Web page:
Jack and the Beanstalk.

The A.R.T. brings “Jack and the Beanstalk: A Musical Adventure” to a screen near you through Jan. 4.

Photo by Johnathan Carr

Arts & Culture

A beloved holiday theater tradition, remote but not forgotten

5 min read

A.R.T. show blends a little artistic creativity with tech magic

In a year that has upended the arts and so many beloved traditions, the A.R.T.’s annual holiday show is a joyful respite. “Jack and the Beanstalk: A Musical Adventure,” a 55-minute streamed event available through Jan. 4, showcases the talents of undergraduate cast members scattered around the country in a production that overcame pandemic restrictions with ingenuity — and a little help from friends.

In many ways, the collaborative creation reflects the themes that composer/playwright Julia Riew ’21 instilled in the book, music, and lyrics. “I wanted to write a show that was very, very uplifting and positive and happy. Not only because it’s a children’s show, but also because that’s the kind of show that people need right now,” said Riew, speaking from her family home in Connecticut.

To emphasize the show’s “four pillars of kindness, determination, courage, and creativity,” Riew explained, she departed from the original folk tale when necessary. Instead of having Jack sell the family cow for the magic beans, for example, she has him give away some milk to a thirsty old woman. It is in gratitude for this kindness that the old woman hands the young adventurer some magic beans.

The online format created both creative challenges and opportunities. For starters, Riew had to cut down the script, which she’d started in January, to better fit on-screen attention spans and rework staples of children’s theater, such as soliciting audience interaction before a character can progress. The format did give her some room to grow, however — at times, literally. The villain, King Giant, for example, “actually is a giant, because I could just make him larger” through video magic, said Riew. “And we can actually see a beanstalk growing out of the ground, because we got to work with animation.” To help replace some of the in-theater experience, the online show has its own downloadable “Jacktivity Pack” and original cast recording. (In addition, the family-friendly ticket is good for seven days, to allow for repeat viewing.)
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Computer with working notes on a desk.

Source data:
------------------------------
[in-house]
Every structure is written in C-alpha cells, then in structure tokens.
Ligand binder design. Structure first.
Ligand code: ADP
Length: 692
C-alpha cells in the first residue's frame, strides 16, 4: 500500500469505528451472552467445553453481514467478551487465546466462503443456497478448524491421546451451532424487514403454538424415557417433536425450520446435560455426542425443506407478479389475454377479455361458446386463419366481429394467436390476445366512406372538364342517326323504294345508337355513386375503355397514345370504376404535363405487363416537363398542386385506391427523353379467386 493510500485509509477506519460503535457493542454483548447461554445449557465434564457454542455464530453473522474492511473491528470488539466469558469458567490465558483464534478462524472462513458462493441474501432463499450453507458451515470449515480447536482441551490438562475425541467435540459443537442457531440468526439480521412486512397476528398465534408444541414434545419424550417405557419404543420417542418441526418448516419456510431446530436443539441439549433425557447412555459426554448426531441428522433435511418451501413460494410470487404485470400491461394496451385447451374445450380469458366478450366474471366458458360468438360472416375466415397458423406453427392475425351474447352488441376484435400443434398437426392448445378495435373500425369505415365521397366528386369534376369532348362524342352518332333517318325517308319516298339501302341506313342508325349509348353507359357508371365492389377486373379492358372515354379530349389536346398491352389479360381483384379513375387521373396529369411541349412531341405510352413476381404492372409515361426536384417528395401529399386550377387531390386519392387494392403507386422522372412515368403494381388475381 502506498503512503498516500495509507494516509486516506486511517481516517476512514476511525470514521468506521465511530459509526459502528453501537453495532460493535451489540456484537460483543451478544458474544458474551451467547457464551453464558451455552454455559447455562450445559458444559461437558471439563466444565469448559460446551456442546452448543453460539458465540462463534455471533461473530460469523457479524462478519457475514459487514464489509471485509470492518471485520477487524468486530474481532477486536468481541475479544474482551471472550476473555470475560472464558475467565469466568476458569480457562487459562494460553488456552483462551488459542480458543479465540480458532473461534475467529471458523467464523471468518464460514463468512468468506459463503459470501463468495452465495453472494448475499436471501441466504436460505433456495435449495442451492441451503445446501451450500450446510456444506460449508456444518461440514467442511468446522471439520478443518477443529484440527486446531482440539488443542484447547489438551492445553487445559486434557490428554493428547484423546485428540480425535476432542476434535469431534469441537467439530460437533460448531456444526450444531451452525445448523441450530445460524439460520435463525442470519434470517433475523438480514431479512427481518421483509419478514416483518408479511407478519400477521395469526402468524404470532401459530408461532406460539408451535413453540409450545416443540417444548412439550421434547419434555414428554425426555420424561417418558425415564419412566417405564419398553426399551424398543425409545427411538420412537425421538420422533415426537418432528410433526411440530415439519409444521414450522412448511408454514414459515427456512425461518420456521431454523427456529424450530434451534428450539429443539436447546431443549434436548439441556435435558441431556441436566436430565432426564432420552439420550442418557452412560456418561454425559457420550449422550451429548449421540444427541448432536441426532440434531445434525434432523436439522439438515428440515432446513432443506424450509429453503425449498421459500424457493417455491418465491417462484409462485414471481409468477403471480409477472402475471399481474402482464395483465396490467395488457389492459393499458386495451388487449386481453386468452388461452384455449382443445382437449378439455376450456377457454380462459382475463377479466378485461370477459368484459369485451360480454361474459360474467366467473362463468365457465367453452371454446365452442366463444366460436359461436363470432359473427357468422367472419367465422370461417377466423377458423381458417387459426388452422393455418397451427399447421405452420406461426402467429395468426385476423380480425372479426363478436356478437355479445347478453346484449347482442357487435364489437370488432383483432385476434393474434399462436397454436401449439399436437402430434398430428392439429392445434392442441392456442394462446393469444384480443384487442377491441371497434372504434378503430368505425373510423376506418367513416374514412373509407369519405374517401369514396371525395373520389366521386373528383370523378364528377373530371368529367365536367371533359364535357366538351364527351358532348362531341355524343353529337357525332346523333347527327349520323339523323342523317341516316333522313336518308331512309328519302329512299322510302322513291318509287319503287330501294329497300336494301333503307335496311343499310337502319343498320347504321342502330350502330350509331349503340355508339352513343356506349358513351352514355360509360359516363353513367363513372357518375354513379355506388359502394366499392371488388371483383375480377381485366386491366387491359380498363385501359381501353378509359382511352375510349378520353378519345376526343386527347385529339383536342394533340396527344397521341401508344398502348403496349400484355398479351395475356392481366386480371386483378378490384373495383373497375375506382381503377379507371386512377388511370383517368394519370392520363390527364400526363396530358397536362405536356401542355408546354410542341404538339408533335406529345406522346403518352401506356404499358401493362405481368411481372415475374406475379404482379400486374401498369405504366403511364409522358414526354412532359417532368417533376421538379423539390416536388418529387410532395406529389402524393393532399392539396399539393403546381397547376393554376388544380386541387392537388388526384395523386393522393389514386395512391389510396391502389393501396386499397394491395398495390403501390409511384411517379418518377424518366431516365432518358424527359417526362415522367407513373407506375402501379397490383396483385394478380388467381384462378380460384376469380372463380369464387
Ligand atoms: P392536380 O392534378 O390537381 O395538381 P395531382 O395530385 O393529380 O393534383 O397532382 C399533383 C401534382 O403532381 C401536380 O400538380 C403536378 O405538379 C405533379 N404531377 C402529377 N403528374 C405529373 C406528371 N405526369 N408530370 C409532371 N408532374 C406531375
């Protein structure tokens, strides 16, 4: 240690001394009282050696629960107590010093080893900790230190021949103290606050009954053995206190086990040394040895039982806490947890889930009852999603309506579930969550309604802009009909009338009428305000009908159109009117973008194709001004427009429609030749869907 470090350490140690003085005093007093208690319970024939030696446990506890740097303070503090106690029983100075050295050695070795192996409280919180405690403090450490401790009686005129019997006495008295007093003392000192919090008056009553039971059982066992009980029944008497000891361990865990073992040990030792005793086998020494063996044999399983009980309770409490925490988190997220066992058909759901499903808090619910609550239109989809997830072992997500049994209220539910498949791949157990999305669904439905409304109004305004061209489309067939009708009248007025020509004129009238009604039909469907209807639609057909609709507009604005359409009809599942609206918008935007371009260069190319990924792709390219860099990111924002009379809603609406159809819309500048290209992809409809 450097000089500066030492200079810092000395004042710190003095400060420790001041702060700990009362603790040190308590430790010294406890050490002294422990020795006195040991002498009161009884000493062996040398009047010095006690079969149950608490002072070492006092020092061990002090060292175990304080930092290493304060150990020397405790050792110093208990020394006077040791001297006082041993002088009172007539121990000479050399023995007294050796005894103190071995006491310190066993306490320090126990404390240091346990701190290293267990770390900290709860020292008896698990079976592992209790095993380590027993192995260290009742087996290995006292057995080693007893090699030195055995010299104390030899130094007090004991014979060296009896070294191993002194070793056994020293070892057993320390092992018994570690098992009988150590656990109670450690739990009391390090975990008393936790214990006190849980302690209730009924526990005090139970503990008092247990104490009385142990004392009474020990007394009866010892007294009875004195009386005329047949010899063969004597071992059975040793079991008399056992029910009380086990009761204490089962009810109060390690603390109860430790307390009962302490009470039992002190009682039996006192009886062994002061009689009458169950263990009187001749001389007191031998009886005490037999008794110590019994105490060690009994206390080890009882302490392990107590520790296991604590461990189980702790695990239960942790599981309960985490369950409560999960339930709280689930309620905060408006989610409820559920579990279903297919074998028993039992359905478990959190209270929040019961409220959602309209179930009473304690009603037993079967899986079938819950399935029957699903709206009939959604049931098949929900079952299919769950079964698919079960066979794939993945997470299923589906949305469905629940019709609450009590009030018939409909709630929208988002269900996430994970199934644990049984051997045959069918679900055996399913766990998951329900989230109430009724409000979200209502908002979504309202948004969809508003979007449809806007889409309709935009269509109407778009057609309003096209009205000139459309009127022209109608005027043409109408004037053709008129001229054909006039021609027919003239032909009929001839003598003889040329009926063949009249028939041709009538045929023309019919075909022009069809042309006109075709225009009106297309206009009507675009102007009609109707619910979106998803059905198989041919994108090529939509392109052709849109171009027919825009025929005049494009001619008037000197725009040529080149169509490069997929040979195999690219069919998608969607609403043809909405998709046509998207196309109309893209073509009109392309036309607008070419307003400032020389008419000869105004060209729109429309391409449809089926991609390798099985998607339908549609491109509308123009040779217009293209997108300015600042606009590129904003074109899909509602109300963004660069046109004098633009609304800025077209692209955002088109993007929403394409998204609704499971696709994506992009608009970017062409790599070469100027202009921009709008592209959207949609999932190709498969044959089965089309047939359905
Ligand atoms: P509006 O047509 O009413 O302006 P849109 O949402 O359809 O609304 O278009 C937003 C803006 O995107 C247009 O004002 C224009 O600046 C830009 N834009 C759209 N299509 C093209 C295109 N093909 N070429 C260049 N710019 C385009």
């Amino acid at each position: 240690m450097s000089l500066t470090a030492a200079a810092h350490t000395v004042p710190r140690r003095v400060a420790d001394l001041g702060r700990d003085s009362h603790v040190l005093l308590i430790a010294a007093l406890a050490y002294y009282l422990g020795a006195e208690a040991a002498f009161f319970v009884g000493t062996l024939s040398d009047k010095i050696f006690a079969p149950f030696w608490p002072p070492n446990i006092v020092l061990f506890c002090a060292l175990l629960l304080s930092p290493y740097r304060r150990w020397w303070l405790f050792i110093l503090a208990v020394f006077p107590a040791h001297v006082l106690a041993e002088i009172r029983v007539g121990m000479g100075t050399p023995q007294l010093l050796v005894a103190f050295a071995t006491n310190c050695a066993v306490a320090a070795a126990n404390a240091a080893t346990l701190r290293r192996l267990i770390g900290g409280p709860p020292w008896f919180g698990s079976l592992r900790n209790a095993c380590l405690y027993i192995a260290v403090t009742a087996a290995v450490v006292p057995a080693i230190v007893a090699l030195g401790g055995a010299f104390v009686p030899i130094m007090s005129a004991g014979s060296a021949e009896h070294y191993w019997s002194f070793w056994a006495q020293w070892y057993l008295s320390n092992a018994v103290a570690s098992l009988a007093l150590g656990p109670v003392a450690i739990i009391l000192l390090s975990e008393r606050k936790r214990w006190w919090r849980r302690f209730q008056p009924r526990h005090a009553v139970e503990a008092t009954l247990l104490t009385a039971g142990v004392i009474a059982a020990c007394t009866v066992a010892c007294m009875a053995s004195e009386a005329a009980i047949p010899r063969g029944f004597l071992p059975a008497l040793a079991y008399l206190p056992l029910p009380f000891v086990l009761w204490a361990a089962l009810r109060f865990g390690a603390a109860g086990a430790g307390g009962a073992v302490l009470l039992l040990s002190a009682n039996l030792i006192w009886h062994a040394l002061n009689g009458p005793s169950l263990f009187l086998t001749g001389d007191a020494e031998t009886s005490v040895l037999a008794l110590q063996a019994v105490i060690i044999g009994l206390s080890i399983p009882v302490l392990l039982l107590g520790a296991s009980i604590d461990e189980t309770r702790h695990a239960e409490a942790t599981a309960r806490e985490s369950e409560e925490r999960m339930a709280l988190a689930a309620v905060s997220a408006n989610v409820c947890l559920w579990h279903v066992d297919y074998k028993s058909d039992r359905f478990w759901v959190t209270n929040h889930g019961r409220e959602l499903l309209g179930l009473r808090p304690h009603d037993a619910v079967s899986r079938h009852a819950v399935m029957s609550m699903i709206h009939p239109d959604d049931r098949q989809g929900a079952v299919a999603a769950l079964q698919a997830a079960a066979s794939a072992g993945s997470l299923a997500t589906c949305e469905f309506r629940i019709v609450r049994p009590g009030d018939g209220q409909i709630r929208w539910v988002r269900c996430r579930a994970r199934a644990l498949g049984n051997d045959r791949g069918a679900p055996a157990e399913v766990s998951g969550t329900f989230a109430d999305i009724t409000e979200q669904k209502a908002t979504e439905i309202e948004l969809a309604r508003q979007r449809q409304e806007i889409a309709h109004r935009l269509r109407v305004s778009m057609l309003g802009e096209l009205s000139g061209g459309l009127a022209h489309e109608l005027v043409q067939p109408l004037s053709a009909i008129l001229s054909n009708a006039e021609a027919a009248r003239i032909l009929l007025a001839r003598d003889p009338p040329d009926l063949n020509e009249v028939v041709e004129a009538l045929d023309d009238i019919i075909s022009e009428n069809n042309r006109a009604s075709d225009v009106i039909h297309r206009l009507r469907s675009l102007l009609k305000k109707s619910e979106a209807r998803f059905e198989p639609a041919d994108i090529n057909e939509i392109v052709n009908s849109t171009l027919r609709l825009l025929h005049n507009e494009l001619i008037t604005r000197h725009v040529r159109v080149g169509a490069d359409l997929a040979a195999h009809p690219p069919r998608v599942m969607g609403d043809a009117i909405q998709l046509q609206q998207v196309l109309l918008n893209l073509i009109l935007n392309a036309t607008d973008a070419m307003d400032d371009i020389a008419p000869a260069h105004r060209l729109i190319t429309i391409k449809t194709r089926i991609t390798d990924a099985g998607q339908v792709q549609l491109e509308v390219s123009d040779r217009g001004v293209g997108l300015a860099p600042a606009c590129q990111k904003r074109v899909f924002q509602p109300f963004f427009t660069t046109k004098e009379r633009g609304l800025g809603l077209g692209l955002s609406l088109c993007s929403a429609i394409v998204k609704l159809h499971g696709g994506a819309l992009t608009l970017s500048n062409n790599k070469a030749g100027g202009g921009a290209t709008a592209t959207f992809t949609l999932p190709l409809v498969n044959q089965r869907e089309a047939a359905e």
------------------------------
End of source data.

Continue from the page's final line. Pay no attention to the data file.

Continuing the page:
A view from the director’s chair behind the magic of making “Jack and the Beanstalk.”

Making the streamed production possible at all took its own magic. For starters, the team had to choose a platform. “As we were trying to figure out what form the show was going to take in this virtual world, one of the things we thought a lot about was the potential for internet problems with the actors being all far away from each other,” explained Emma Watt, the A.R.T. line producer, who oversaw the logistics. Besides sending cast members microphones, lights, and green screens, she described the various Zoom configurations the team had to manage. These ranged from a full-cast read-through of the script to the separate “rooms” that allowed director Rebecca Aparicio to work with actors while music director Ian Chan ’22 separately led rehearsals from his home in Toronto. (Chan and Riew created last year’s “Thumbelina.”) While the cast could act out their roles solo — playing against the portable green screens — producing a socially distanced musical had its own unique wrinkles. “The ability of people to sing together over Zoom is really tough because of the [delays],” said Watt.

“We taught every single person their individual ensemble line,” recalled Riew. Because of the lag time on Zoom, these lines were only blended in the studio. “We never actually heard anyone sing harmonies live together.”

For first-year Nikita Nair, who plays Jack, “This show was an amazing way to get back into the theater.”

“My entire room just essentially turned into a recording studio,” said the San Diego resident. She described the big umbrella lights on either side of her bed and the green screen that took up the back wall. “I had 2 feet of space to get all the acting and everything that we needed done.” To make it work, she drafted family members to help. Although her sisters Eshi and Ankita can’t be seen on screen, they filled in for socially distanced castmates — dropping the magic beans into Jack’s hand, for example. At other times, Nair would act toward a piece of tape that marked off a particular character’s height. “The cast was so amazing,” she said. “I don’t know how this group of people was able to come together, but I can’t imagine a more perfect group.

“Especially as a remote freshman, it was very easy to detach from the Harvard experience because as soon as I exited out of my hybrid class it was like I was out of College and back in my room, where I’ve been for the last 10 years,” said Nair, who is thinking of concentrating in astrophysics or cellular or molecular biology. “This really was a nice way to reenter into the overall College experience and interact with people.”